Baking bread does involve science, but as the saying goes, it's not rocket science.
If you're a beginning bread baker, you don't really need to read this. Just pick a recipe, follow it exactly, and don't make any substitutions.
But if you've baked a few loaves and they've come out all right, you might be starting to think about experimenting. What if you used milk instead of water? Or tried a different type of flour? And what's the deal with gluten?
We obviously can't cover every variable here. Bread baking is complex and there are a lot of things that can go wrong—or right! Still, if there's anything more gratifying than baking a perfect loaf from a recipe, it's coming up with a recipe of your own.
So if that's where you're at, or at least where you're headed, this is the article for you.
Yeast is the ingredient that causes bread to rise and it's also a source of flavor and aroma. Yeast is a biological organism that consumes sugar and produces alcohol and CO2 gas. It's this gas that leavens baked goods.
There are various forms of yeast, including active dry yeast, which comes in packets and needs to be rehydrated before using; instant yeast, which you can add directly to your dry ingredients; and fresh yeast (sometimes called cake yeast), which comes in the form of a paste.
Fresh yeast has the shortest shelf life, but it imparts a much stronger yeast flavor and aroma than the other two kinds.
Wheat flour is the main ingredient in bread, and like yeast, it, too, is available in a wide variety of types. The main variations have to do with the amount of a protein called gluten that a given flour contains.
Hard flour is high in gluten, between 12 and 15 percent by weight, and produces a chewier, heartier, crunchier loaf. Soft flour is lower in protein, around 7 to 9 percent, and produces a softer, more delicate bread. All-purpose flour is a blend of both and comes in right in the middle, usually 10 to 11 percent gluten.
Bread flour is a high-gluten blend of flour and it's what you'll usually use for making bread and pizza doughs. But different brands will feature different percentages and will be made from different types of wheat.
Whole wheat flour is made by grinding the entire wheat kernel, including the bran and the germ, whereas white flour is only the endosperm—the inside part of the grain, with the germ and bran removed. Whole wheat flour contains more fiber and protein than white flour, but it also has a shorter shelf life. In general, higher-protein flours will spoil more quickly.
Fat, Sugar, and Salt
Most hard-crusted breads, sandwich breads, and whole-grain breads are made from lean dough, meaning they are low in fat and sugar. Exceptions to this include rich breads like brioche, focaccia, and croissants, as well as sweet pastries like cinnamon rolls. This is necessarily so, since both fat and sugar interfere with gluten development, producing shorter protein strands and thus a more crumbly, less chewy consistency.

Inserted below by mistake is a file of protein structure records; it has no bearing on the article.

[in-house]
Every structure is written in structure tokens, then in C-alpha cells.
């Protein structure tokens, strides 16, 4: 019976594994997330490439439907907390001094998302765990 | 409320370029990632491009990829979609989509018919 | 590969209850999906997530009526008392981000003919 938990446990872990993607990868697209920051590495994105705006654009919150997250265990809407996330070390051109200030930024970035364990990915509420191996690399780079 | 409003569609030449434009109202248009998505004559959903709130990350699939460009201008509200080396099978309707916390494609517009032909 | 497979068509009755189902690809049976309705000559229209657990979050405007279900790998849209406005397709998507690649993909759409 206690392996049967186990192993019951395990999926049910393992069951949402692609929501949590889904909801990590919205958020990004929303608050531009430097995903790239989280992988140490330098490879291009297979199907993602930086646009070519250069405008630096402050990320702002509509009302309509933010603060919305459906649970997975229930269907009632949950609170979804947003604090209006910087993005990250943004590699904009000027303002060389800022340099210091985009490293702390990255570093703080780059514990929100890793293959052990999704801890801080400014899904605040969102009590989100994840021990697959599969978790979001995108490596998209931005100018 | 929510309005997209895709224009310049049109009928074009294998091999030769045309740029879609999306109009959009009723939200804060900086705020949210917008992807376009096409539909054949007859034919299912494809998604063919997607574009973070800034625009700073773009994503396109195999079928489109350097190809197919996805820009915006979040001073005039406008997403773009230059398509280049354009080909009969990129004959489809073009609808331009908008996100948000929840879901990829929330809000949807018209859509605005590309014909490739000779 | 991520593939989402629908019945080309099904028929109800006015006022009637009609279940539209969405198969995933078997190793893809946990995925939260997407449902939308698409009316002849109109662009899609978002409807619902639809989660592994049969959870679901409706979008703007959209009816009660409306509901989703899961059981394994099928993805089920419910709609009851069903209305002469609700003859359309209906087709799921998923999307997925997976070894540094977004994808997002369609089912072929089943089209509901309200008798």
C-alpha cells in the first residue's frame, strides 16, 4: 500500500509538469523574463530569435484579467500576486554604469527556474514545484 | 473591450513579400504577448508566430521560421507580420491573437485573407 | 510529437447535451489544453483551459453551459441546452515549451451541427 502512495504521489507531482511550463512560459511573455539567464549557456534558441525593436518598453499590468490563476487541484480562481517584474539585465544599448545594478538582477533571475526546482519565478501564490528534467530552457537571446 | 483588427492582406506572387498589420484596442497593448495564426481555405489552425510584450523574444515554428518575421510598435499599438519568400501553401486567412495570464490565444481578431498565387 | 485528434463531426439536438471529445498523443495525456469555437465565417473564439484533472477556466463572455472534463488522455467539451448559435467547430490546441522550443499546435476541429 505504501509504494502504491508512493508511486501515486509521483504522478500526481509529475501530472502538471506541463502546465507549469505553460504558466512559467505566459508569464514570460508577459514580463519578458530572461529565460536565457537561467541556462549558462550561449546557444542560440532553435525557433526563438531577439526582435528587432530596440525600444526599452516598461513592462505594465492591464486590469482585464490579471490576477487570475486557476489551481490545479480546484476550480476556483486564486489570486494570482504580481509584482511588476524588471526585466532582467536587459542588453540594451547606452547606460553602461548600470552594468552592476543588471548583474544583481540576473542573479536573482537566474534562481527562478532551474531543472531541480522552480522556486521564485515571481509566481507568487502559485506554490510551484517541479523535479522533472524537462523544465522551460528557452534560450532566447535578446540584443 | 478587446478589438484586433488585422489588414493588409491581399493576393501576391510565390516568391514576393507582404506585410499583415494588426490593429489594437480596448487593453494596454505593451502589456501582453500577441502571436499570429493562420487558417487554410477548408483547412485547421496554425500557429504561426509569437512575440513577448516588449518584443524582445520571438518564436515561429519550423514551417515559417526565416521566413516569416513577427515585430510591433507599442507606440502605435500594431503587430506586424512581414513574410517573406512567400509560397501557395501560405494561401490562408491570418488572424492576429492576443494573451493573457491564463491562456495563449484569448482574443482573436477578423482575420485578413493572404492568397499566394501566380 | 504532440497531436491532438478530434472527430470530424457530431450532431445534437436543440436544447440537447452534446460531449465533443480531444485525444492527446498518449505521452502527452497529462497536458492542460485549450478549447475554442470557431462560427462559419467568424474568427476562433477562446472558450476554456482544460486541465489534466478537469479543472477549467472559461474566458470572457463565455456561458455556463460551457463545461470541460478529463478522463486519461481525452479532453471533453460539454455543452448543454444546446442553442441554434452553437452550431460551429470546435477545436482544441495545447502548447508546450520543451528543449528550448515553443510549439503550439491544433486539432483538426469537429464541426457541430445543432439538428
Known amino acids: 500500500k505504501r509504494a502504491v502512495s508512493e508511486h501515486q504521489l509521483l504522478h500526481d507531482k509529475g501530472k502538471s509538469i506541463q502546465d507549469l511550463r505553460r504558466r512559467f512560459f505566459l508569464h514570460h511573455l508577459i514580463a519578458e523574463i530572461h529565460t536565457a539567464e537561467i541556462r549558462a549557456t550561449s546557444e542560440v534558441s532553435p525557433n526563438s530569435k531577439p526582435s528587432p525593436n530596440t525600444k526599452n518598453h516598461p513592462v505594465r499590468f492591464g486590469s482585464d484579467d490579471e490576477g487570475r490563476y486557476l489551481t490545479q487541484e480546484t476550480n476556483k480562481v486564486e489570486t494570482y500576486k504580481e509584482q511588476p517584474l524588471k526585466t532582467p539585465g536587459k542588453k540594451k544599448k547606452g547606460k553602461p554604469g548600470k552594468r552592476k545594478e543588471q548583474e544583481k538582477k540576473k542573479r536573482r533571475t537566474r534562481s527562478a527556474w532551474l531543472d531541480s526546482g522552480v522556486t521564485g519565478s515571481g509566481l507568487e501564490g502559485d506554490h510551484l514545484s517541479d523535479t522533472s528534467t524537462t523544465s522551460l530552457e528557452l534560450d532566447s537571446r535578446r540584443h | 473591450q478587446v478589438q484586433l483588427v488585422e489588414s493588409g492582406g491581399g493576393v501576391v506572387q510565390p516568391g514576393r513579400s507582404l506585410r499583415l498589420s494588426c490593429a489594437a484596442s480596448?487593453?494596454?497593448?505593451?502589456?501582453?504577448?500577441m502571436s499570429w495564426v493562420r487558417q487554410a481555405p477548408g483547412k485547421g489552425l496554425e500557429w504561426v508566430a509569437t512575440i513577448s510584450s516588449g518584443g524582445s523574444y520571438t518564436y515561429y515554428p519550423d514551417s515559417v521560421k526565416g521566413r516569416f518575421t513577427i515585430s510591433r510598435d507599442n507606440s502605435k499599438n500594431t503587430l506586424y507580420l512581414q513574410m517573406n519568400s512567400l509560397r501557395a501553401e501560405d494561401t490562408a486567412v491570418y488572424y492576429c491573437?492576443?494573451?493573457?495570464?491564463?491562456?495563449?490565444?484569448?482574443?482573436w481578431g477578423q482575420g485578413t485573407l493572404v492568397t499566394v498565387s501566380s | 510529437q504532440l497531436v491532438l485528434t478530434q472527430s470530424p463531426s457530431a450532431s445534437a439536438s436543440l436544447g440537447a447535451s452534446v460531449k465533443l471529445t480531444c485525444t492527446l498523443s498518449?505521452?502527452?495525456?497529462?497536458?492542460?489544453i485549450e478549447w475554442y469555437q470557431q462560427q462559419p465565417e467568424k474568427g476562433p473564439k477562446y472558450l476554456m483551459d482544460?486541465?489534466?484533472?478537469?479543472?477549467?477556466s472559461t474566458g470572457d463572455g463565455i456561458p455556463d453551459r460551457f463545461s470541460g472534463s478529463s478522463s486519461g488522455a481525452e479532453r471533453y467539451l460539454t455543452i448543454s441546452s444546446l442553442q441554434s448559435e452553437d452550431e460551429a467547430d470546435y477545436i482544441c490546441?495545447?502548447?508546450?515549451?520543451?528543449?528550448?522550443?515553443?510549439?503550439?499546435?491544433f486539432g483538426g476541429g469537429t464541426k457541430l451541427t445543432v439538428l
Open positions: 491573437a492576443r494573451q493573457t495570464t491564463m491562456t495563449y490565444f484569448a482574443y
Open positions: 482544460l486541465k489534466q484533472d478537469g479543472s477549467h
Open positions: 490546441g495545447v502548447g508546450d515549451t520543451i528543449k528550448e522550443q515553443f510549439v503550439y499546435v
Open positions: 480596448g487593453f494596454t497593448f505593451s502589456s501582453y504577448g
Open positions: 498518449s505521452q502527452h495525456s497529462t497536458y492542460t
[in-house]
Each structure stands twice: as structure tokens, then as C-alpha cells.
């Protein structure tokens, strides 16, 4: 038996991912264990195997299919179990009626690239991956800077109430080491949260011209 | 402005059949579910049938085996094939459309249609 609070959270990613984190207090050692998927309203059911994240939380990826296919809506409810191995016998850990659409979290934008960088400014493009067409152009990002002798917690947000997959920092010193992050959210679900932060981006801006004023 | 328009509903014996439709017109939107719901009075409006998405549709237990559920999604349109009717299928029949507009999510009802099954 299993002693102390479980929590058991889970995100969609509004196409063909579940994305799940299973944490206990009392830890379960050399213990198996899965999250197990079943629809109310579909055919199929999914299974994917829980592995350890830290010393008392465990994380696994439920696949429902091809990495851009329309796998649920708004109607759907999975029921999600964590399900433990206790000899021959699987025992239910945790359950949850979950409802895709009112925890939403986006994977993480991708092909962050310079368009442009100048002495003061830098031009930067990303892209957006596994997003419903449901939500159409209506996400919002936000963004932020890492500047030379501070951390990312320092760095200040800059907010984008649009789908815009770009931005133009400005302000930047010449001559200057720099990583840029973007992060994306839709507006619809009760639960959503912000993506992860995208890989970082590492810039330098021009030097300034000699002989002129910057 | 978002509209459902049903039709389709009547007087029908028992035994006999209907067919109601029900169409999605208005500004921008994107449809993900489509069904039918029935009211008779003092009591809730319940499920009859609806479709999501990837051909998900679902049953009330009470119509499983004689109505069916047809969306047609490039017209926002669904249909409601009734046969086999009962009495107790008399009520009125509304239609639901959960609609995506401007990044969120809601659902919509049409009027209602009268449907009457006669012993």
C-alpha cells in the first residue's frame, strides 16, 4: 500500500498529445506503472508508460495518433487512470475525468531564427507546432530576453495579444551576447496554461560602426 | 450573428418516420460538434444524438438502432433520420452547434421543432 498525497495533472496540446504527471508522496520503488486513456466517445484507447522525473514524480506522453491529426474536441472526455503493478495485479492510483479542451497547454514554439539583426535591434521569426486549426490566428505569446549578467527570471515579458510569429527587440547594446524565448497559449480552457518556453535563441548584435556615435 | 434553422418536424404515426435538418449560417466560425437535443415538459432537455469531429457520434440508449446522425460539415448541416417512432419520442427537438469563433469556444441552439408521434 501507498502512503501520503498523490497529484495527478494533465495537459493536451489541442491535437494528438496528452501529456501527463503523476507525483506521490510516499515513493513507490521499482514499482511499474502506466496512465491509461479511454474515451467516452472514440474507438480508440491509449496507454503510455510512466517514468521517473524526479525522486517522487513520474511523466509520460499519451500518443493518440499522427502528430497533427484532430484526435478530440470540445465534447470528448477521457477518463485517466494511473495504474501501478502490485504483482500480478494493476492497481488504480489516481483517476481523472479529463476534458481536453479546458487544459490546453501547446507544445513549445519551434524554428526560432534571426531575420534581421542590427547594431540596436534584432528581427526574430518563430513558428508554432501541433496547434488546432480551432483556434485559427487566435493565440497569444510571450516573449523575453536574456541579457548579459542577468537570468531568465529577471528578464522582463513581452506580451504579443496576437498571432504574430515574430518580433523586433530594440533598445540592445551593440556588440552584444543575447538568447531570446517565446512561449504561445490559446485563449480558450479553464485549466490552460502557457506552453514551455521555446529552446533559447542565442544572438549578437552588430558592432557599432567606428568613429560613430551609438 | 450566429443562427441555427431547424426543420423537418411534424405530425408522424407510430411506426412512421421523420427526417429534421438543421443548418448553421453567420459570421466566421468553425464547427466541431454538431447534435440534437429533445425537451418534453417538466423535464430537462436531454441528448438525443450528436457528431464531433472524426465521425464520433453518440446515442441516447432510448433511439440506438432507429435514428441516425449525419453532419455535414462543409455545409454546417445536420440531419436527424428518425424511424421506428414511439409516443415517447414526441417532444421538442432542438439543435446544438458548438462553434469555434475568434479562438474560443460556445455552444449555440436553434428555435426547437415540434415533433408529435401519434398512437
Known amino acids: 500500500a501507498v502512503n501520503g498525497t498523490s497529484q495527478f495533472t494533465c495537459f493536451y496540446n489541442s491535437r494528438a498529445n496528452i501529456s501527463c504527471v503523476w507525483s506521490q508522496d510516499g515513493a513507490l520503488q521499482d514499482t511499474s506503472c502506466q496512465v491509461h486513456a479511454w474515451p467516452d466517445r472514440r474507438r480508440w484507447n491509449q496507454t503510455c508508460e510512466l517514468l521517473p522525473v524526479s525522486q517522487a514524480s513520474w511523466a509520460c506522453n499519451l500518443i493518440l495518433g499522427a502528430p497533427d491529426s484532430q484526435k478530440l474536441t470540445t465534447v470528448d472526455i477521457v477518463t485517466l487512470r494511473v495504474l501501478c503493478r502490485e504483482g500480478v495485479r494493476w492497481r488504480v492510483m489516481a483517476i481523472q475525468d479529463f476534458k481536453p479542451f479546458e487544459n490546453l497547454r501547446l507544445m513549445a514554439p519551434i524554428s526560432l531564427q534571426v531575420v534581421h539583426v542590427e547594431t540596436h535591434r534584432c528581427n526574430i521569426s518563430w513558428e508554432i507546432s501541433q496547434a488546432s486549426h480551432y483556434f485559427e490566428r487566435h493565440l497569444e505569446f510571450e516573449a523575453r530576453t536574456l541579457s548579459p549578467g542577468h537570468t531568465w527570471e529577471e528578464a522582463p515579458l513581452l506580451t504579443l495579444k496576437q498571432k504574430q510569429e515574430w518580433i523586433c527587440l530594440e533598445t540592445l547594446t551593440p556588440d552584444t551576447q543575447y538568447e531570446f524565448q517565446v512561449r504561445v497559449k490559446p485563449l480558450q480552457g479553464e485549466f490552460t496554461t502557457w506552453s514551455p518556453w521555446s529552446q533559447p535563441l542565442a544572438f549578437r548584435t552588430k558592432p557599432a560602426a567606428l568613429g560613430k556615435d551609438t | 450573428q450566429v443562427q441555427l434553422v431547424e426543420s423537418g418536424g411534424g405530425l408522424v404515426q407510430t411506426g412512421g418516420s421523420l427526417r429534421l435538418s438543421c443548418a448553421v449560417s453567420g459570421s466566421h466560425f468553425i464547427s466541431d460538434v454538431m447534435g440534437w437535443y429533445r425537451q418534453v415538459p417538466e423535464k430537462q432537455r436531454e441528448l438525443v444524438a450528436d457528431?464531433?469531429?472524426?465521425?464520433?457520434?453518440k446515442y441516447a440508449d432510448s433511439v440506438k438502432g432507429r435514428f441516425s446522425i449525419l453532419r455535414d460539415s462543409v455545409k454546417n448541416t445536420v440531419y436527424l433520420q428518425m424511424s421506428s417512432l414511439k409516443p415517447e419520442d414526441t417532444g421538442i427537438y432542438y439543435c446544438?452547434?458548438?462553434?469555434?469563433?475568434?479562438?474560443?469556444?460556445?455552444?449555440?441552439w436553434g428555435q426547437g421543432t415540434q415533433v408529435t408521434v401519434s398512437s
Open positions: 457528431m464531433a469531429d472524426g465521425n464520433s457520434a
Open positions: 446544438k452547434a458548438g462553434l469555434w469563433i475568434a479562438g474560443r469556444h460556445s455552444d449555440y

Salt, on the other hand, hastens gluten development, making it an essential ingredient in any bread dough. Experimenting with the addition of fats and sugars can yield interesting results. For instance, a small amount of oil or melted butter will produce a softer, richer bread. Even substituting milk for some of the water in the dough will produce a noticeably softer loaf.
Likewise, sugar interferes with gluten development, but it's also the food for the yeast. Even a small amount of extra sugar can, therefore, trigger higher CO2 release and thus produce a lighter, airier loaf.
Mixing and Fermentation
Mixing, including kneading, is what causes the gluten molecules in the dough to develop. The longer you knead the dough, the more the glutens develop and the chewier and harder your bread will be. If you don't knead your dough enough, it may not hold its shape.
On the other hand, some breads call for no kneading at all. What they require instead is an extra-long fermentation time. Fermentation is what happens to a ball of unbaked dough that sits in a warm place for a certain amount of time. During that time, the yeast continues to consume sugar and produce gas, while the glutens relax and become more elastic.
Since it happens invisibly, and without any intervention on the part of the baker, fermentation is the part of bread baking that most closely resembles magic. But experimenting with longer and shorter fermentation times is definitely a good way to understand how fermentation relates to the finished bread.
What happens when the dough hits the oven is that the yeast produces one last sudden rush of gas, which ceases once the dough reaches 140 F since this is the temperature at which the yeast dies. As the bread bakes, the glutens become firm and the starches absorb water, while the top of the loaf turns brown. Steam can promote the browning of the crust, as does brushing the top of the unbaked loaf with milk or egg wash. Many bakers will use a sharp knife to slash the top of the dough, which allows it to expand more fully without bursting.